Hay On… Why?

For anyone wondering about our first practical application for that vinegar powder recipe, here it is: Lamb in Hay with Wool. As main courses go, it’s something of a sheep in wolf’s clothing. What sounds challenging, and indeed does use some unusual ingredients, actually tastes familiar, luxurious and comforting – everything you could wish for in an autumn/winter dish.

The wool is, of course, candy floss (or cotton candy, as our American friends know it). Visually, it’s a neat conceit, but right from the beginning we wanted the addition of our ‘wool’ to be something more than a gimmick. Wordplay and theatre are all very well, but when weighing up any ingredient or component the biggest concerns are always the same: does it taste good, does it really improve the whole dish, and does it balance well with everything else on the plate?

In the case of basic candy floss, the answer is no. It’s just too sweet. But the addition of vinegar powder changes everything, giving us a sweet and sour addition that perfectly complements and lifts the flavour of the lamb, vegetables and saucing elements.
Which then brings us the hay, which we cook the lamb in, as well as using it to create a hay ash for the final plating. The use of hay might seem like another trip into Weirdsville, but this is a technique with serious heritage. Head chef James Graham has been baking lamb in hay for an age now, drawing on inspiration from cooks who used the same technique decades and even centuries ago. Think of it as extension of smoking and campfire cooking and it’s really not so strange. Give it a try and let us know how you get on.

EQUIPMENT: Muslin, Cast Iron Pot

INGREDIENTSLamb Shoulder, Small bale of hay*, 250g butter, 25g garlic, 25g dried lavender, 25g fresh rosemary, 2sp salt, 2tsp pepper (use a good quality hay – if it smells bad fresh then it’s not going to improve any with cookling)

  1. Blend all ingredients together with the butter.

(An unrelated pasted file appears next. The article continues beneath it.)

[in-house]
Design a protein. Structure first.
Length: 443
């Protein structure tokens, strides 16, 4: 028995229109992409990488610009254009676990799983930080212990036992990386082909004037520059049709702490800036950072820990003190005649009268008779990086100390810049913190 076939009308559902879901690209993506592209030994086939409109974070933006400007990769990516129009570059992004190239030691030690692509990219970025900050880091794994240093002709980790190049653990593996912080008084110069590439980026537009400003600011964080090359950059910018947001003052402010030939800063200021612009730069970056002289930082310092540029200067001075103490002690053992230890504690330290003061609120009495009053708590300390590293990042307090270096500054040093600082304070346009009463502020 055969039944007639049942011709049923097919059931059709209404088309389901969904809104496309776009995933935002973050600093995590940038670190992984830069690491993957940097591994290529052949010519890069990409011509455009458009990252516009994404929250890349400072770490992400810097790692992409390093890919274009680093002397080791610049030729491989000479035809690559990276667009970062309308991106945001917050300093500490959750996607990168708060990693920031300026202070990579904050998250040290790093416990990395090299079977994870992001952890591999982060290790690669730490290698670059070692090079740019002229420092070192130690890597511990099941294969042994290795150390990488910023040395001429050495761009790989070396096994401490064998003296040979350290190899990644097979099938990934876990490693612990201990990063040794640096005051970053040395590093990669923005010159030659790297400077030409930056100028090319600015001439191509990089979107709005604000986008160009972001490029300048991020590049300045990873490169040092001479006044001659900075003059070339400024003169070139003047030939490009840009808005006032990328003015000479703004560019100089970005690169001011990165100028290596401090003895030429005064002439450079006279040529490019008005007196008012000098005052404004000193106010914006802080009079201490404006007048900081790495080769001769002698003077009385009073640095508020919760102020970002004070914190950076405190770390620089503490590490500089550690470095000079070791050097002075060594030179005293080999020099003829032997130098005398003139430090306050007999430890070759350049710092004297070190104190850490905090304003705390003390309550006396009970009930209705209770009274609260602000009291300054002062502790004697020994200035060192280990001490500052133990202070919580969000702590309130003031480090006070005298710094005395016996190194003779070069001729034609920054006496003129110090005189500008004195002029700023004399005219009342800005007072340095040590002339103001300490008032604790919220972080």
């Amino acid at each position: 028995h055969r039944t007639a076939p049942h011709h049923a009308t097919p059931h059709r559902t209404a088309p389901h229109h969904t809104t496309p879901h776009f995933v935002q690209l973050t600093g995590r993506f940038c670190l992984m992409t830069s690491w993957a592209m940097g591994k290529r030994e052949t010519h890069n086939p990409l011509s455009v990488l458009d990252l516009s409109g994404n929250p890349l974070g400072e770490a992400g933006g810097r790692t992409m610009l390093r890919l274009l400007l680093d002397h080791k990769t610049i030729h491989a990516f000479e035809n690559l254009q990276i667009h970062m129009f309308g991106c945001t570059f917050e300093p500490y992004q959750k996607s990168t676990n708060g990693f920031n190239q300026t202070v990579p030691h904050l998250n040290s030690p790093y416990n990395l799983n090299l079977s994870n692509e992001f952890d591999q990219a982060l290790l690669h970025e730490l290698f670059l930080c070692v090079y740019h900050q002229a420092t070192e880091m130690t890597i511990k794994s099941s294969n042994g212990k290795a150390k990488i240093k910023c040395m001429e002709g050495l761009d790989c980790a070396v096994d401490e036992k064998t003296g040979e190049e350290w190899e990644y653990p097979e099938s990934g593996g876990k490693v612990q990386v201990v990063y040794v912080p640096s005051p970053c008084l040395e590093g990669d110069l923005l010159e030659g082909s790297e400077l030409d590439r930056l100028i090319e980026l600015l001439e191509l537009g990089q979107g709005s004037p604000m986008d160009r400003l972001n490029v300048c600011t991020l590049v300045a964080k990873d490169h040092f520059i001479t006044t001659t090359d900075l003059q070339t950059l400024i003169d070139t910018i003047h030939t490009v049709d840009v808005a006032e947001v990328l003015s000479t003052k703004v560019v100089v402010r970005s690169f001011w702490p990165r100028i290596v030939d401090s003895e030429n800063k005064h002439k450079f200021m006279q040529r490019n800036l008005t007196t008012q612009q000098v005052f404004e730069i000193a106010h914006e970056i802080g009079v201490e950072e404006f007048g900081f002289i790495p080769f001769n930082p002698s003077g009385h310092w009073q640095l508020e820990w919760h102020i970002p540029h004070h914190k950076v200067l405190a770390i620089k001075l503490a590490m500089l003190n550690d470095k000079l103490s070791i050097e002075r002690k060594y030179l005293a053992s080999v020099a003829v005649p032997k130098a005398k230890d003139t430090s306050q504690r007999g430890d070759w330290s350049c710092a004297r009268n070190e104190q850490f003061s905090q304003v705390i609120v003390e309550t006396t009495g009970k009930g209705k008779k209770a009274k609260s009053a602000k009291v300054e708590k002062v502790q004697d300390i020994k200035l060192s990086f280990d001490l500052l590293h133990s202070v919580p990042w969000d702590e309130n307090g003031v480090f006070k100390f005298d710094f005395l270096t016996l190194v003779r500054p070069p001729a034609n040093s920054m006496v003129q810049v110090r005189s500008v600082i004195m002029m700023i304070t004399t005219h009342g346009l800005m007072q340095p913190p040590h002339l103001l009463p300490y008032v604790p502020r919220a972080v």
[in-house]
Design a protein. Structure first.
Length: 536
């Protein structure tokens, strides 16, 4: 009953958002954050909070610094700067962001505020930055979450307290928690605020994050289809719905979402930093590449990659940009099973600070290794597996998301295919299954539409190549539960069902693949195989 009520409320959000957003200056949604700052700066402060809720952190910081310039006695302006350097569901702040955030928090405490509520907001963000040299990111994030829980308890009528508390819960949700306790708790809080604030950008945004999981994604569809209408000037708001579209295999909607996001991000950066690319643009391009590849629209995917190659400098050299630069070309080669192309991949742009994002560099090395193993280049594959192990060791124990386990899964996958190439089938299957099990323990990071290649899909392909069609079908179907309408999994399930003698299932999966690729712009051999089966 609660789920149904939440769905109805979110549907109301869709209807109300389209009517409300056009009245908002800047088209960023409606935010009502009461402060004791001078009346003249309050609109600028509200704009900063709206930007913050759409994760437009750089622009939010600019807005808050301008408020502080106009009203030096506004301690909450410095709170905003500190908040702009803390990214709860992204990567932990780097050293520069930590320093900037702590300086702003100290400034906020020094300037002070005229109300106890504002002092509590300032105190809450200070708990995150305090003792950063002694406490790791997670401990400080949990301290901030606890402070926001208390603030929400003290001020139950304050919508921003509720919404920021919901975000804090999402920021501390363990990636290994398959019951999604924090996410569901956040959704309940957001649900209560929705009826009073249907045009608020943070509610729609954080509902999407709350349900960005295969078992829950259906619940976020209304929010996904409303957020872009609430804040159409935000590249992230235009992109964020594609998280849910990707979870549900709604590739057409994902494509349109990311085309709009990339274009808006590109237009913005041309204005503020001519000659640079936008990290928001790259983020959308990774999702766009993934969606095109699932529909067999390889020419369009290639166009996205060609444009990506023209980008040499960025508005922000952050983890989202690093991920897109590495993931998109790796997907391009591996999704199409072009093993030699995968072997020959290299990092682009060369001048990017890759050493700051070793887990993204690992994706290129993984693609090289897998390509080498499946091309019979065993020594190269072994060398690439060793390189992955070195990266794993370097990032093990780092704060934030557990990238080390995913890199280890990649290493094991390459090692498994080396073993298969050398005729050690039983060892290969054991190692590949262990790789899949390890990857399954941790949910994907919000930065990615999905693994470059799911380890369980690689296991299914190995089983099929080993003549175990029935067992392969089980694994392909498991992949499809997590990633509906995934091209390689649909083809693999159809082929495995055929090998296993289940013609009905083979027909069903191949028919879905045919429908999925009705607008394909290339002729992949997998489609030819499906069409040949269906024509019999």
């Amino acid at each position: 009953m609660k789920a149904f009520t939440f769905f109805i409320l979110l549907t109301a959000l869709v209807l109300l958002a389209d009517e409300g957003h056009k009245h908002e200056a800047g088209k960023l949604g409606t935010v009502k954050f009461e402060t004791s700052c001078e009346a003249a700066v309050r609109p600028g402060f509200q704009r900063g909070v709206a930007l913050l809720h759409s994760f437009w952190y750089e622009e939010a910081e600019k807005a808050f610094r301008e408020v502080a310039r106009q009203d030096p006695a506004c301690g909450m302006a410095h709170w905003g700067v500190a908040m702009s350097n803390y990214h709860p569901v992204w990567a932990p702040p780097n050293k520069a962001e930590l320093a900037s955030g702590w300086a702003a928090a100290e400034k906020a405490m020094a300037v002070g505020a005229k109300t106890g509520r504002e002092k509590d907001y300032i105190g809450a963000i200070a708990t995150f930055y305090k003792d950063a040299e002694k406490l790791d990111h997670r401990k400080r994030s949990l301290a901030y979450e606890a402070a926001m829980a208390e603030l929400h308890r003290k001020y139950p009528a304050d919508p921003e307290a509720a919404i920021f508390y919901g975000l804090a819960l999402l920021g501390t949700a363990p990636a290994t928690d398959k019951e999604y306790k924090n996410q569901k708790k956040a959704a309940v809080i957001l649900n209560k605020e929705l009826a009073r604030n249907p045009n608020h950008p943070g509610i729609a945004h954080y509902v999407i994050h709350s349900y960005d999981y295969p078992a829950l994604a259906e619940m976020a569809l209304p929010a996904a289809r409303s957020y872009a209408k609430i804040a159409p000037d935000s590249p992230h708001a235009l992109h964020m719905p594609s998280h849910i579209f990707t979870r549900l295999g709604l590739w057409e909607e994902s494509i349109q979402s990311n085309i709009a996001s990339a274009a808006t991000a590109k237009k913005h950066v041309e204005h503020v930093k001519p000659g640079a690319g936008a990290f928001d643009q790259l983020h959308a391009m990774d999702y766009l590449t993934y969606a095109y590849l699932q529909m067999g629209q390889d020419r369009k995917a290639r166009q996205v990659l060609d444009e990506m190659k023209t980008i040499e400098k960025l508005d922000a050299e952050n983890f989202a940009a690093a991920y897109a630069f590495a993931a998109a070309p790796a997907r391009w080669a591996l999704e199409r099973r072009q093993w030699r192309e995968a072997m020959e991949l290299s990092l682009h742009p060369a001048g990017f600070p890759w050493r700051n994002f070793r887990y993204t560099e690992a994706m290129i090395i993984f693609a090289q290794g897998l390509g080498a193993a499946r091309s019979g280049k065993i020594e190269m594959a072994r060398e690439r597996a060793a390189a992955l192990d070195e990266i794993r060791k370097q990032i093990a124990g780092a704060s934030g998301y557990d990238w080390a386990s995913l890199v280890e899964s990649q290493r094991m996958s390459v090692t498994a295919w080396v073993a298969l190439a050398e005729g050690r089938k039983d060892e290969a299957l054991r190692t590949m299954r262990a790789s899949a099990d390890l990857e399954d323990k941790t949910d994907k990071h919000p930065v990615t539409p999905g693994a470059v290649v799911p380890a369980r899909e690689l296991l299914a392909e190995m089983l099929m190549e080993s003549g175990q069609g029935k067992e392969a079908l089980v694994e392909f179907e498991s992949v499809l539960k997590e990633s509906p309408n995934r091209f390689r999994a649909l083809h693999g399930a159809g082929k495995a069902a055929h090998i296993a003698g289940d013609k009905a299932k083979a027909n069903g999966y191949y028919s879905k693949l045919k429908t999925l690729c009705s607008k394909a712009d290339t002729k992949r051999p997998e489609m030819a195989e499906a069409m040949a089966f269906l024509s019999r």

2. Liberally coat the lamb shoulder with the butter mix and wrap the lamb in muslin.
  3. Line cast iron container with hay. Place the lamb in the middle and cover with more hay.
  4. Place the lid on the container, ensuring that no strands of hair are sticking out. WARNING: any stray strands will ignite like a wick.
  5. Bake in the oven at 150c for 4½ hours, by which point the lamb should be very tender.
  6. After cooling remove the lamb in muslin, unwrap, and remove meat from the bones.
  7. Wrap the meat tightly in cling film to form a cylinder and chill for later portioning and reheating. (The liqueur from the pan can also be strained and added back to the meat).
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3 Responses to Hay On… Why?

  1. Tes says:

    That really looks elegant and sounds delicious. The dish is so stunning and I just wish I could cook like that.
    Thanks for sharing!

  2. Duncan says:

    See today’s Guardian. It looks like Allium 1, Fat Duck 0:

    “Have you ever cooked something inedible?” I’m not sure if it’s the sort of question you’re meant to ask Blumenthal, but it’s the one that’s always been on my mind. He seems only slightly taken aback. “Everything we do goes through a process of refinement,” he says, “but over the years I’ve come to know what food combinations work, so there are few outright failures. Having said that, I did waste four years trying to create savoury candy floss. I needed therapy to get over that.”

    • alliumfood says:

      LOL, thanks Duncan. Though to be fair to Heston it’s not so much that we solved the problem of making a savoury candy floss, more that we decided to work with the sweetness instead of eliminating it entirely. Not that we’ve quite given up on the idea of a non-sweet floss, mind you…

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